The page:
The Brief – GreenKo in Germany

The Brief is EURACTIV's evening newsletter.

The resignation of Social Democratic Party (SPD) leader Andrea Nahles reaches way beyond the boundaries of German social democracy. It strips bare the German political landscape as we got to know it.

Ever since the creation of the Federal Republic of Germany after WWII, the two largest parties, or ‘Volkspartei’, the CDU and SPD, laid the ground of the German political landscape. Depending on the elections, they would alternate, build a coalition and name a chancellor.

“In Germany’s consensus-oriented political system, governing in coalitions is a matter of course,” political analyst Arne Jungjohann wrote in his recently released study “German Greens in coalition governments.”

And the German Greens make no exception. The erosion of the classic boundaries between the left and right camp makes the development in the federal states particularly interesting for coalition research, Jungjohann continued, meaning it has left the door open for smaller parties such as the German Greens to build up their forces.

Which they successfully did, as we now come to understand it. Thanks to the coalition-building process, the German Greens have succeeded in taking over governmental responsibility in the majority of the 16 German federal states, Jungjohann also writes.

The Greens are in ten state governments in seven varying coalition constellations, the political analyst pointed out.

In four cases, the Greens are governing with Social Democrats in a classic red-green coalition, the former centre-left coalition of choice of both parties and their electorates. In two cases, the Greens entered into a coalition with the Christian Democrats.

That means the Green party has gone beyond only promoting its own political agenda, they have long entered a role in which they take responsibility, with the Greens also to be found in numerous city councils.

In other words, German voters have had the opportunity over the past decade or so to experience what it means to deal with Greens representatives at the local and regional levels. Now, for the first time, the possibility is there for the Greens to have a crack at naming their own Chancellor.

What seemed like an illusion before, all of a sudden became a possibility after Andreas Nahles’ resignation.

Indeed, what is to happen should it actually come to early parliamentary elections this year, as is already rumoured? Neither the SPD nor the CDU/CSU currently have a majority, nor a convincing top staff. And neither party has an electoral programme that offers answers to citizens’ current concerns.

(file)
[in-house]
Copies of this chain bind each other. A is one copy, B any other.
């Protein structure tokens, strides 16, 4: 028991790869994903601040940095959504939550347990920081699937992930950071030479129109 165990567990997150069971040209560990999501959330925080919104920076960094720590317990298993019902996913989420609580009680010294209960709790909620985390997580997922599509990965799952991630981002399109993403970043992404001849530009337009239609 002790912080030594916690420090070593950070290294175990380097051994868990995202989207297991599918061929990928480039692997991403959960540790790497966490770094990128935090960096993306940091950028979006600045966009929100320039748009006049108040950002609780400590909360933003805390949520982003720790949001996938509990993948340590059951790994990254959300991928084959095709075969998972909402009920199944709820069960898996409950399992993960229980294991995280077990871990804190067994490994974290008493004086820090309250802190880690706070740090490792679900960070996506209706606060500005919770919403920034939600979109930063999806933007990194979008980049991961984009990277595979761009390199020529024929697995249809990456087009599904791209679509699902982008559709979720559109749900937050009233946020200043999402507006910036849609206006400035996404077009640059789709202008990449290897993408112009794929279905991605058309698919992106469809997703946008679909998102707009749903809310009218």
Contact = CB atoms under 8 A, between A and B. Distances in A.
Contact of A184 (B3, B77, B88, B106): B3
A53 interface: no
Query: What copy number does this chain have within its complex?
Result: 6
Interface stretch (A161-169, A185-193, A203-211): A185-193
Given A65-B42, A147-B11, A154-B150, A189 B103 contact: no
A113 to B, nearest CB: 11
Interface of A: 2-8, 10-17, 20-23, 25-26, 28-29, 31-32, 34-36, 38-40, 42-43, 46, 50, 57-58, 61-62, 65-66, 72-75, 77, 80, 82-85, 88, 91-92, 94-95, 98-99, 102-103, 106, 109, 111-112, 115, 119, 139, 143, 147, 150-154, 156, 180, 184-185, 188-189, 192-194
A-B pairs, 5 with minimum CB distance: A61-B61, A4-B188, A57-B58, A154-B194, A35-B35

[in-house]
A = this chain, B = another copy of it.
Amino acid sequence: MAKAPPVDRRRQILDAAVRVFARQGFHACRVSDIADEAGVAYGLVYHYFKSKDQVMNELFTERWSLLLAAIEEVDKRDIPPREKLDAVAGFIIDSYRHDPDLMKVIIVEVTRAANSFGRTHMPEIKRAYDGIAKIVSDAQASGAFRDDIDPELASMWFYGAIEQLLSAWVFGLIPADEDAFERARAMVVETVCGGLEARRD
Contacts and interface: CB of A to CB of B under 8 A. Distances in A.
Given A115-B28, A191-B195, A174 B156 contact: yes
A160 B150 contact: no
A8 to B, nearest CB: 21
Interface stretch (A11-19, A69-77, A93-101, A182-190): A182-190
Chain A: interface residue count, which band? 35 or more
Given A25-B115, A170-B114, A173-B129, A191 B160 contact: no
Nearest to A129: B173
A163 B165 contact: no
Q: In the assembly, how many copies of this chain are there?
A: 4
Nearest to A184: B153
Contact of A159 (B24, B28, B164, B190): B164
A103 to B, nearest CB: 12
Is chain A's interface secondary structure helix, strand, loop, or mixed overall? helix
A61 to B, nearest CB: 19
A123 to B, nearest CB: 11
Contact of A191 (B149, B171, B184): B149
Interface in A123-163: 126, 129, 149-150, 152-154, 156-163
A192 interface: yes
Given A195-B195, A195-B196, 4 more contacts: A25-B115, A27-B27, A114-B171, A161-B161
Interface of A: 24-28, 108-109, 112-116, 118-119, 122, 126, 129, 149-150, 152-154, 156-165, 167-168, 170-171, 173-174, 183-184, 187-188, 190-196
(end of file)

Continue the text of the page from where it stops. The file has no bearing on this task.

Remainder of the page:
The Roundup

By Alexandra Brzozowski

Commission President Jean-Claude Juncker has urged member states not to name short-term replacements for the Commissioners that have been elected as MEPs, insisting there is not enough work for 28 Commissioners anyway.

Britain will roll out the red carpet for US President Donald Trump as he arrives in Britain for a state visit already overshadowed by his outspoken remarks on Brexit.

Moldova, a blind spot on the European map for the past years, is expected to receive three high-level officials, including Enlargement Commissioner Johannes Hahn, amid signs that the country’s nascent government could lean more towards Russia than the West.

Austria’s expert government is now in place. Now the question arises: When should a new government be elected? Meanwhile, Germany’s Social Democrats are in shambles after their leader resigned.

The French Ministry of Economy wants to change competition practices and trade policy in Europe. Its proposals also aim to tackle new digital conglomerates.

A near tragedy in Venice has once again shown how Italy’s co-ruling parties are more and more at loggerheads after last week’s EU elections shifted the government’s balance of powers towards Matteo Salvini’s far-right Lega party.

Election results on either side of the Alps have further complicated an already complex and controversial railway project between France and Italy, as political allegiances and support for the tunnel have shifted.

Greece’s conservative opposition swept local elections, winning in nearly all regions and the cities of Athens and Thessaloniki, routing Prime Minister Alexis Tsipras’s ruling left five weeks before they face off in general elections.

Police in the Albanian capital Tirana fired tear gas and water cannon at demonstrators demanding the resignation of socialist Prime Minister Edi Rama.

Council President Donald Tusk did a tour of three Central Asia countries last week, including Tajikistan, where the melting Pamir Glaciers illustrate the impact of climate change and the difficulties of water management in this part of the world.

Look out for…

Commission chief Jean-Claude Juncker receives Romanian PM Viorica Dăncilă and North Macedonia’s PM Zoran Zaev, while NATO chief Jens Stoltenberg meets Ukraine’s new President Volodymyr Zelensky and Poland’s President Andrzej Duda in Brussels.

Views are the author’s

[Edited by Alexandra Brzozowski and Zoran Radosavljevic]

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